The development of the aesthetic side of the inmates’ personalities was encouraged - one of the lepers had made a statue of Edward VIII, the only one ever erected to him, the uncrowned British king who abdicated his throne before his ritual coronation. They had their own social life. A court was built and presided over by a chief and two sub-chiefs to sort out differences. When members of the colony had the requisite number of clear tests they were declared officially free from the disease. They took hard to leaving the settlement where they were bound together by the bonds induced by their affliction and the close friendships they had formed with others as a result of the mutual support they had provided. I felt that I was only now beginning to realise the purpose that lay behind the retiring collections for the overseas missions at the church of my youth.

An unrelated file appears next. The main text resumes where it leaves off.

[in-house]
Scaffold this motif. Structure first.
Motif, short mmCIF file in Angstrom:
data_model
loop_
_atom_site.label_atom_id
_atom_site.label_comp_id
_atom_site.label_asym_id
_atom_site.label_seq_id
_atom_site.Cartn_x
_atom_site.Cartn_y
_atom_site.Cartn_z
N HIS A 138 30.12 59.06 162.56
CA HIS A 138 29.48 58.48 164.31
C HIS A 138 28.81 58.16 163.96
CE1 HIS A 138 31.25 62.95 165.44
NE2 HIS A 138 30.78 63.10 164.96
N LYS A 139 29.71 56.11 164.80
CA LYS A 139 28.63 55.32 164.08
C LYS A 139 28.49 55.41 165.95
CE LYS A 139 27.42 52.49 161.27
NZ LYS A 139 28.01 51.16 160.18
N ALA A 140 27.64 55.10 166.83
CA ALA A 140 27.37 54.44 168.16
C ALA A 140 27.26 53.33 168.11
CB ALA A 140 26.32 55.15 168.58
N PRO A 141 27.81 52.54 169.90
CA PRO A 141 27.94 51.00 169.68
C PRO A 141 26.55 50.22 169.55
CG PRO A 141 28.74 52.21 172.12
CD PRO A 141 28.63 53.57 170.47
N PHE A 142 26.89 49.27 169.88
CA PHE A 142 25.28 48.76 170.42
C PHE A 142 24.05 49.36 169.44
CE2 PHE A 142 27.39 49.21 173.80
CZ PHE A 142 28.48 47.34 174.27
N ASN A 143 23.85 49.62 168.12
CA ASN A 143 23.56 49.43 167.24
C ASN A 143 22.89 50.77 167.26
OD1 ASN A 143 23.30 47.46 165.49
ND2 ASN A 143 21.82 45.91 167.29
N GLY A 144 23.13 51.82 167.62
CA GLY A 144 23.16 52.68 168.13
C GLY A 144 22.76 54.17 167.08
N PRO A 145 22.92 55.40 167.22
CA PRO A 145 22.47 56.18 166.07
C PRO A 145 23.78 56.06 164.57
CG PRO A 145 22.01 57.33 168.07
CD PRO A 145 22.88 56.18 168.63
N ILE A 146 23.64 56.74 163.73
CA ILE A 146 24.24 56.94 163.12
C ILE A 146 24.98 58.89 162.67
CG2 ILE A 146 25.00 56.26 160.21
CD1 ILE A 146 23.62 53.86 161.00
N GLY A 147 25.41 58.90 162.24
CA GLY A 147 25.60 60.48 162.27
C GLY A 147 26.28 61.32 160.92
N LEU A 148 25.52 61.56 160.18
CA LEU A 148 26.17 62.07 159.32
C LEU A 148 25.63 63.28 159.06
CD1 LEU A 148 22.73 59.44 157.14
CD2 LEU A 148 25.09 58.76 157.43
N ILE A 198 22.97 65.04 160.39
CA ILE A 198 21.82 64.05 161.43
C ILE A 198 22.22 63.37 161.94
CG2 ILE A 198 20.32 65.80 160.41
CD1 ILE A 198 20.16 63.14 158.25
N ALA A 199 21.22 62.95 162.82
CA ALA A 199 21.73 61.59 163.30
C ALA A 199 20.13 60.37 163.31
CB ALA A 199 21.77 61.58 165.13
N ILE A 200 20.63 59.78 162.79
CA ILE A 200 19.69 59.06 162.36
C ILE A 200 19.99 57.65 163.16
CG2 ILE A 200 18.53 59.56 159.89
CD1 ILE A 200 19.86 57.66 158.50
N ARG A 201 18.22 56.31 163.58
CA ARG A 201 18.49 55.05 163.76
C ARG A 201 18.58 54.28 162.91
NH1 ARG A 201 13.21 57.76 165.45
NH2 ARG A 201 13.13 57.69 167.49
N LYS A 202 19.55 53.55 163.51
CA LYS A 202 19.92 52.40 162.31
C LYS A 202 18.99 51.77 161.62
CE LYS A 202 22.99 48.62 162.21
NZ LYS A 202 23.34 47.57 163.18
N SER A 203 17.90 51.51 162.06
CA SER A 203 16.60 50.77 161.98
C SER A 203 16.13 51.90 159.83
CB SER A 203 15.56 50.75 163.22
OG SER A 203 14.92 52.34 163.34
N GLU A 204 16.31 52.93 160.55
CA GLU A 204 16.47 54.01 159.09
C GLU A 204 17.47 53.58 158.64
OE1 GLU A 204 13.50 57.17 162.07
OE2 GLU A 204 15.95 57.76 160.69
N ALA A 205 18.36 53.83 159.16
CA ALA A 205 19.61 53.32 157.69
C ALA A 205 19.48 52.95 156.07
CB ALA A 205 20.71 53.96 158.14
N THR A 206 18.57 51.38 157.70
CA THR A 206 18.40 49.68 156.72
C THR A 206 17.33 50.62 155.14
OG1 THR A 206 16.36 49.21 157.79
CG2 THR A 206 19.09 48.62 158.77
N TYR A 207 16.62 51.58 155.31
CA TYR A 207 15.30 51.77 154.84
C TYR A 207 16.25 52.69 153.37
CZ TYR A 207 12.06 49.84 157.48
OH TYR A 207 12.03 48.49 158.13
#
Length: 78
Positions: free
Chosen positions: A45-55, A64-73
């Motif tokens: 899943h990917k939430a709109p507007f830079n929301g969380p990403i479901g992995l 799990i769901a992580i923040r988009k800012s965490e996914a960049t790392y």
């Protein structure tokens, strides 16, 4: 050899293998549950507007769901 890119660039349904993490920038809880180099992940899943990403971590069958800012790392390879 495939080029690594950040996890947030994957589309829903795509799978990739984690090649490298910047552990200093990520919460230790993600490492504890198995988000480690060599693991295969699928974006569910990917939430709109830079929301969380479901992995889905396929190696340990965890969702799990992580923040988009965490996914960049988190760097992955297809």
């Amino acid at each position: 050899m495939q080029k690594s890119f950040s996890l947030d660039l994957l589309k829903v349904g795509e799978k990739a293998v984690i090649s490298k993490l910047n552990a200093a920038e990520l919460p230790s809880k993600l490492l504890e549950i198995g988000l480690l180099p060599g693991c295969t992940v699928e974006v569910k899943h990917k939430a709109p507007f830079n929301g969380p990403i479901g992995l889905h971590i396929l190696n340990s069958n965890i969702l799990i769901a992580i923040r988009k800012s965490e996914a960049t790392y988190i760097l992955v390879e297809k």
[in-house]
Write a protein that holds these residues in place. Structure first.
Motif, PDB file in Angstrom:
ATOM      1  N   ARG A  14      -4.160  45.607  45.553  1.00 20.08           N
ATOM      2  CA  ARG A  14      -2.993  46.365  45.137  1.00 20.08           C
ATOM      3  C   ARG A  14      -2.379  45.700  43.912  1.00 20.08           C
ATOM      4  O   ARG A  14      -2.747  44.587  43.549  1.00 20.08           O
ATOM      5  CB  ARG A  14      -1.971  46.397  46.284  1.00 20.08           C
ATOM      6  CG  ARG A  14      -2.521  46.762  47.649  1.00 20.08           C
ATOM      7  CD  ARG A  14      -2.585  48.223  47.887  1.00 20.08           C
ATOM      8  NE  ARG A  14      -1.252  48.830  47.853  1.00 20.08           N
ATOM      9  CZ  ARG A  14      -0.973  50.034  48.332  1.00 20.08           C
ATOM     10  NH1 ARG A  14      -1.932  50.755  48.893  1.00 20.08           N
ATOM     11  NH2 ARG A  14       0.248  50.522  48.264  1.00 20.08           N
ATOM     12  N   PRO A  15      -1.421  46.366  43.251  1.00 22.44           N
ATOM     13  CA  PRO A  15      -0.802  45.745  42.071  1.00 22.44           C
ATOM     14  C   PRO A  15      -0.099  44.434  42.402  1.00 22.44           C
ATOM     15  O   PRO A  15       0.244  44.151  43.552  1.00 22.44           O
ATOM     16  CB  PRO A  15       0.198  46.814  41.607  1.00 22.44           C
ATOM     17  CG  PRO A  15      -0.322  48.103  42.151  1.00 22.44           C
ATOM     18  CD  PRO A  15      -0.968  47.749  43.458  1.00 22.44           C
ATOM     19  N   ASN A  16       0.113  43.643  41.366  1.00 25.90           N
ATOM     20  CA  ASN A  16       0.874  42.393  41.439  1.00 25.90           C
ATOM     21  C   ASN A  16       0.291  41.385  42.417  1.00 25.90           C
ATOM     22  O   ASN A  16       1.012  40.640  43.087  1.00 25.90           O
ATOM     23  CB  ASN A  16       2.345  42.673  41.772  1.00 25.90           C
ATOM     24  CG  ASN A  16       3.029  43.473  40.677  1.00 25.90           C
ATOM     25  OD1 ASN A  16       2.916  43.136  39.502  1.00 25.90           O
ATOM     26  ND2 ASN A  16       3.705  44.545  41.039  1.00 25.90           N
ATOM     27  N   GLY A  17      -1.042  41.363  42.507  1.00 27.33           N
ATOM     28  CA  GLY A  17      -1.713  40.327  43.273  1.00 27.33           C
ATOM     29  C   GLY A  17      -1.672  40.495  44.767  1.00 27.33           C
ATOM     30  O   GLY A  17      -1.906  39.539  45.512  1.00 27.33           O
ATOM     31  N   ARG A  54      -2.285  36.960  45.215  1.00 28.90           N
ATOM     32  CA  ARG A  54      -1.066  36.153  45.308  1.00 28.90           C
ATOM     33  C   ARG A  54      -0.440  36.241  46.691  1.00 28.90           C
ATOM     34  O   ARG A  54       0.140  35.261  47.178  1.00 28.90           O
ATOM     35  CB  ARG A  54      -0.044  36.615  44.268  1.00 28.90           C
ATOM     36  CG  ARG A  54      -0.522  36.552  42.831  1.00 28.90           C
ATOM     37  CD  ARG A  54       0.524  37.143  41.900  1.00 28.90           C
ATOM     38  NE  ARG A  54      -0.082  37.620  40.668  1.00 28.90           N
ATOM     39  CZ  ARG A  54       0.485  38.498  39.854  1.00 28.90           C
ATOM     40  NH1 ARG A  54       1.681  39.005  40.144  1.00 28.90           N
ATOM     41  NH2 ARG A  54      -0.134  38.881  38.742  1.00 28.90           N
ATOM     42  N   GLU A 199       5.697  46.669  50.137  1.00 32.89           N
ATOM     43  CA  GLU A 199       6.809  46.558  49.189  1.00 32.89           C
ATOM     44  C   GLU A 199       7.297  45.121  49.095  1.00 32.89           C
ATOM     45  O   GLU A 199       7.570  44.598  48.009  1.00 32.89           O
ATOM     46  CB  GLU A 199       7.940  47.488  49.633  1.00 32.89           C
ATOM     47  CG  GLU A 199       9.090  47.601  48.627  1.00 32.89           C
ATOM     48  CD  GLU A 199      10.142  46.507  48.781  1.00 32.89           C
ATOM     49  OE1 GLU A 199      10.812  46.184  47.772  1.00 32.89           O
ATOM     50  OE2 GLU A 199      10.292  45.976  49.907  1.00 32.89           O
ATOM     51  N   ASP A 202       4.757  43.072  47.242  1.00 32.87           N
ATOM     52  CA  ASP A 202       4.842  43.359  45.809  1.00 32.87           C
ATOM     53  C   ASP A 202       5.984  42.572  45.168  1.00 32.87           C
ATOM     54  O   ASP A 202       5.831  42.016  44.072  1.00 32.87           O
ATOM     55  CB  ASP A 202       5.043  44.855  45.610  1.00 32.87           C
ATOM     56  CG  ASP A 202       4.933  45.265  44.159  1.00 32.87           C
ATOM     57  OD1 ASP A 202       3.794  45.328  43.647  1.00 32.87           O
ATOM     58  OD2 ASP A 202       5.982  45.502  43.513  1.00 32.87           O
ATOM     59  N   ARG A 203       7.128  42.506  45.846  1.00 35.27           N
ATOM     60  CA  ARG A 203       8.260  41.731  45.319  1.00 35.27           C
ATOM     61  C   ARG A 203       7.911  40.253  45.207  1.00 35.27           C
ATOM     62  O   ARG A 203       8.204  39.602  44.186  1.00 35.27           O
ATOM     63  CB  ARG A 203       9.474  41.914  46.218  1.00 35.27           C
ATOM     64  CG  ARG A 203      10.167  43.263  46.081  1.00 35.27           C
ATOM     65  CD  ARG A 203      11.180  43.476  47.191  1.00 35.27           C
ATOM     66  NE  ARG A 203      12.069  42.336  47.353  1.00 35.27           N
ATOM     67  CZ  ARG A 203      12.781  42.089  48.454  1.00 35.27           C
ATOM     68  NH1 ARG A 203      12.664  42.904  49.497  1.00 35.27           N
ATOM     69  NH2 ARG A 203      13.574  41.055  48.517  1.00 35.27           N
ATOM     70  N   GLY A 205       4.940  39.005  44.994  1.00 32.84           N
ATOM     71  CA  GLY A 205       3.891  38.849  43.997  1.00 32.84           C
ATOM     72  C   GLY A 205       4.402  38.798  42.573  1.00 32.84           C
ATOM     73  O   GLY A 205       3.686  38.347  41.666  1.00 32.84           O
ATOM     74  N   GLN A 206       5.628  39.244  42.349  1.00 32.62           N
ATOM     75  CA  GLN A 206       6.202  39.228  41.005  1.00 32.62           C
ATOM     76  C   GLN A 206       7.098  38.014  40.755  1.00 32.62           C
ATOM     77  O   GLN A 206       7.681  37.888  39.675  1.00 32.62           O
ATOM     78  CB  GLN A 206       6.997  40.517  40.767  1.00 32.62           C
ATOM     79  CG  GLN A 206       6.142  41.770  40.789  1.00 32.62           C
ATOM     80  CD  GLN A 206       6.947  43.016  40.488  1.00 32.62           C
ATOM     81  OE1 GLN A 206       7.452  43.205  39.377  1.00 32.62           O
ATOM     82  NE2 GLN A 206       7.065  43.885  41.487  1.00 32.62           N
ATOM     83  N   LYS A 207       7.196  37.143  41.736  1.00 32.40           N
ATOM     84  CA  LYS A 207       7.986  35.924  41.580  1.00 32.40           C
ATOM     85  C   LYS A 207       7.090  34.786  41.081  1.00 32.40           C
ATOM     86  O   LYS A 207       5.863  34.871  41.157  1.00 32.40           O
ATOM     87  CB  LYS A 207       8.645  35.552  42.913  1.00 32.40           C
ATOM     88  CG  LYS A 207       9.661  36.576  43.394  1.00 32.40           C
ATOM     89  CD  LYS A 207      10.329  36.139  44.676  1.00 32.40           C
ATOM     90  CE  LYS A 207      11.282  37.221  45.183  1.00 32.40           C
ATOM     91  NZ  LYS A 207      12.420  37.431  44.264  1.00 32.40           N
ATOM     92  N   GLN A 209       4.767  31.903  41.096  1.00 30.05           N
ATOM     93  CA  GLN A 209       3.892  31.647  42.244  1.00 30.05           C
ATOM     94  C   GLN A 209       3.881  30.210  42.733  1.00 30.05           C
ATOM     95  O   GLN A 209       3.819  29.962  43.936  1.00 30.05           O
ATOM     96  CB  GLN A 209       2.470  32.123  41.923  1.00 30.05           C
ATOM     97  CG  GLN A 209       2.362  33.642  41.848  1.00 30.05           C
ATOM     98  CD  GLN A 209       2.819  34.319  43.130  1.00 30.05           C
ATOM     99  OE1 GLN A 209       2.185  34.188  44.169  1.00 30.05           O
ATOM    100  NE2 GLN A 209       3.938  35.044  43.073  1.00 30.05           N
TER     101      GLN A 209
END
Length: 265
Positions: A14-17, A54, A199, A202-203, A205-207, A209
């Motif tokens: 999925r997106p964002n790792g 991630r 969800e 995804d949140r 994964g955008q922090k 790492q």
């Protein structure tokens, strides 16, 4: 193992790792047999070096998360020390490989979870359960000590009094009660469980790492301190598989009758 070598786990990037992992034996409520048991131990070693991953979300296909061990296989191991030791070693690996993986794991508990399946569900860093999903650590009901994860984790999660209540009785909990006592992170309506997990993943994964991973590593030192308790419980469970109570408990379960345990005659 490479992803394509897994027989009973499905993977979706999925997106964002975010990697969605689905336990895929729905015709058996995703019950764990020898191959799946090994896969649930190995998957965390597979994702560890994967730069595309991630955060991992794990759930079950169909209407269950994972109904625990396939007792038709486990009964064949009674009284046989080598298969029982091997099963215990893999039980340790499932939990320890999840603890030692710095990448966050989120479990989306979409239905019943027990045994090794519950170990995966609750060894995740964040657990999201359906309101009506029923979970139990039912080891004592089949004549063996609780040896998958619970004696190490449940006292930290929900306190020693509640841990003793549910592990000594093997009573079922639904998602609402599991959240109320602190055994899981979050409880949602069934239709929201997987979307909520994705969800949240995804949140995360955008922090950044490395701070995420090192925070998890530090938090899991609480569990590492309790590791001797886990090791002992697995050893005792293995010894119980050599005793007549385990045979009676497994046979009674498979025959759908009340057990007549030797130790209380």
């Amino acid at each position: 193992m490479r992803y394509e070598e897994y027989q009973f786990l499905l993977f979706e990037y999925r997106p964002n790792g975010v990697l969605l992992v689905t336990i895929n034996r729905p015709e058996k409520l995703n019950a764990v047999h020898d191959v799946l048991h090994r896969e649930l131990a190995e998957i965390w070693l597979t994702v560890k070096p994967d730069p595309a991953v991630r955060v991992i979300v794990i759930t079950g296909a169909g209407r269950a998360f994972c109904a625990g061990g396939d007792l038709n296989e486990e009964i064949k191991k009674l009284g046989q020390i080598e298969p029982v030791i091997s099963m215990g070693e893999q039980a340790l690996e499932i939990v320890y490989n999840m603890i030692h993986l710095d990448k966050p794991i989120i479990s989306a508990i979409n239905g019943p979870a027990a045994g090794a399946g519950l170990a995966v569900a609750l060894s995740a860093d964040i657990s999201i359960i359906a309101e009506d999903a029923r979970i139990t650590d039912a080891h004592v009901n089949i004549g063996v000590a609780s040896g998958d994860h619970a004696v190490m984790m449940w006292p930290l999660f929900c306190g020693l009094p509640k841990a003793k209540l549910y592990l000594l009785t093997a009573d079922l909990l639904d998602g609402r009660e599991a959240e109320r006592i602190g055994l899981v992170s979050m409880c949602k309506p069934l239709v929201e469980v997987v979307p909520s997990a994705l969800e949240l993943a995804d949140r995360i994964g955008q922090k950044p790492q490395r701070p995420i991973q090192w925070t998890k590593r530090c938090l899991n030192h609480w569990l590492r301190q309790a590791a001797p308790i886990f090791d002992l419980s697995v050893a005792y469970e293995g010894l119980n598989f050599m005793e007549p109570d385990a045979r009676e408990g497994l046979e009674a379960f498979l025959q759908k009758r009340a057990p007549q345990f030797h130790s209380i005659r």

In January 1951 a record number of 883 patients were discharged cured, a tribute to the staff involved and the new drug ‘Dapsone’. The most moving aspect for me was the church service which was taken in three languages - Efik, English and Ibo. When you have heard the voices of over 1,000 lepers singing ‘The Lord is my shepherd’ with a conviction that would choke the most hardened observer, as happened to me and my assistant produce officer A U Antia on a visit to Itu, it is not something you forget easily. The singing was accompanied by a band whose instruments had been obtained by the church. One story told me by Bob MacDonald was that his cousin had authorised the bandmaster to choose the music at all church activities. One day when officiating at a funeral Dr Macdonald was taken aback momentarily to hear the band strike up ‘Will ye no` come back again?’.